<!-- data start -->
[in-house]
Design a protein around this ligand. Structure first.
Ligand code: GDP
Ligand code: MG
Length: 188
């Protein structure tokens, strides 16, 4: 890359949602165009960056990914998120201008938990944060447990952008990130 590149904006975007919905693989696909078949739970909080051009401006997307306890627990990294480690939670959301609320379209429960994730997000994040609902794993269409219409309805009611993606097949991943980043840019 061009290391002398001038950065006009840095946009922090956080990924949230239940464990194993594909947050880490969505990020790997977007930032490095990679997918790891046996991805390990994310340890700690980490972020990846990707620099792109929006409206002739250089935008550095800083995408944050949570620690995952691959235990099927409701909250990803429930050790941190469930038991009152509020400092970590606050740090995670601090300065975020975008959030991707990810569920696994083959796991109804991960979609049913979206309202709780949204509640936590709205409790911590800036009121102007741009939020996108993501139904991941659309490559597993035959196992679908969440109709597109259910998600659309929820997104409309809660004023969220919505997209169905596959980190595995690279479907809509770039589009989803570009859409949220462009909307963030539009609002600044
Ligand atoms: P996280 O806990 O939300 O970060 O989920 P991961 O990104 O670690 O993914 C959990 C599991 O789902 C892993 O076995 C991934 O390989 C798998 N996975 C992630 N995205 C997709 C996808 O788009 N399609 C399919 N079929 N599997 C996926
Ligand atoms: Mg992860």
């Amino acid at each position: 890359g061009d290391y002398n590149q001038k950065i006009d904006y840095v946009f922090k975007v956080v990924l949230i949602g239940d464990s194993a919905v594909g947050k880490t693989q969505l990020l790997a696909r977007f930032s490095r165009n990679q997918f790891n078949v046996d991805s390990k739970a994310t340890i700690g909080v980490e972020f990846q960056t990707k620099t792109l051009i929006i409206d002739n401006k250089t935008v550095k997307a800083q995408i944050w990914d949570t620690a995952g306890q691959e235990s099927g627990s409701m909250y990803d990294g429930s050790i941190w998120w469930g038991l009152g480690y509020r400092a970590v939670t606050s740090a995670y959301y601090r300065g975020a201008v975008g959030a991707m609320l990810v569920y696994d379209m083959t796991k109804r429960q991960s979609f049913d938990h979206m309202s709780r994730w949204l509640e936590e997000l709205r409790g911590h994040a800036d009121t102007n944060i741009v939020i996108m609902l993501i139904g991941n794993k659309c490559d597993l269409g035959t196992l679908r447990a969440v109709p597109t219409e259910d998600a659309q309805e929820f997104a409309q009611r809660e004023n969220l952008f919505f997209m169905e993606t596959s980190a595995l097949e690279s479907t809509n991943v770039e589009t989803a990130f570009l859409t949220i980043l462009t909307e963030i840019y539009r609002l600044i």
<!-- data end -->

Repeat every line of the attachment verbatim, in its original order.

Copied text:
[in-house]
Design a protein around this ligand. Structure first.
Ligand code: GDP
Ligand code: MG
Length: 188
């Protein structure tokens, strides 16, 4: 890359949602165009960056990914998120201008938990944060447990952008990130 590149904006975007919905693989696909078949739970909080051009401006997307306890627990990294480690939670959301609320379209429960994730997000994040609902794993269409219409309805009611993606097949991943980043840019 061009290391002398001038950065006009840095946009922090956080990924949230239940464990194993594909947050880490969505990020790997977007930032490095990679997918790891046996991805390990994310340890700690980490972020990846990707620099792109929006409206002739250089935008550095800083995408944050949570620690995952691959235990099927409701909250990803429930050790941190469930038991009152509020400092970590606050740090995670601090300065975020975008959030991707990810569920696994083959796991109804991960979609049913979206309202709780949204509640936590709205409790911590800036009121102007741009939020996108993501139904991941659309490559597993035959196992679908969440109709597109259910998600659309929820997104409309809660004023969220919505997209169905596959980190595995690279479907809509770039589009989803570009859409949220462009909307963030539009609002600044
Ligand atoms: P996280 O806990 O939300 O970060 O989920 P991961 O990104 O670690 O993914 C959990 C599991 O789902 C892993 O076995 C991934 O390989 C798998 N996975 C992630 N995205 C997709 C996808 O788009 N399609 C399919 N079929 N599997 C996926
Ligand atoms: Mg992860």
């Amino acid at each position: 890359g061009d290391y002398n590149q001038k950065i006009d904006y840095v946009f922090k975007v956080v990924l949230i949602g239940d464990s194993a919905v594909g947050k880490t693989q969505l990020l790997a696909r977007f930032s490095r165009n990679q997918f790891n078949v046996d991805s390990k739970a994310t340890i700690g909080v980490e972020f990846q960056t990707k620099t792109l051009i929006i409206d002739n401006k250089t935008v550095k997307a800083q995408i944050w990914d949570t620690a995952g306890q691959e235990s099927g627990s409701m909250y990803d990294g429930s050790i941190w998120w469930g038991l009152g480690y509020r400092a970590v939670t606050s740090a995670y959301y601090r300065g975020a201008v975008g959030a991707m609320l990810v569920y696994d379209m083959t796991k109804r429960q991960s979609f049913d938990h979206m309202s709780r994730w949204l509640e936590e997000l709205r409790g911590h994040a800036d009121t102007n944060i741009v939020i996108m609902l993501i139904g991941n794993k659309c490559d597993l269409g035959t196992l679908r447990a969440v109709p597109t219409e259910d998600a659309q309805e929820f997104a409309q009611r809660e004023n969220l952008f919505f997209m169905e993606t596959s980190a595995l097949e690279s479907t809509n991943v770039e589009t989803a990130f570009l859409t949220i980043l462009t909307e963030i840019y539009r609002l600044i």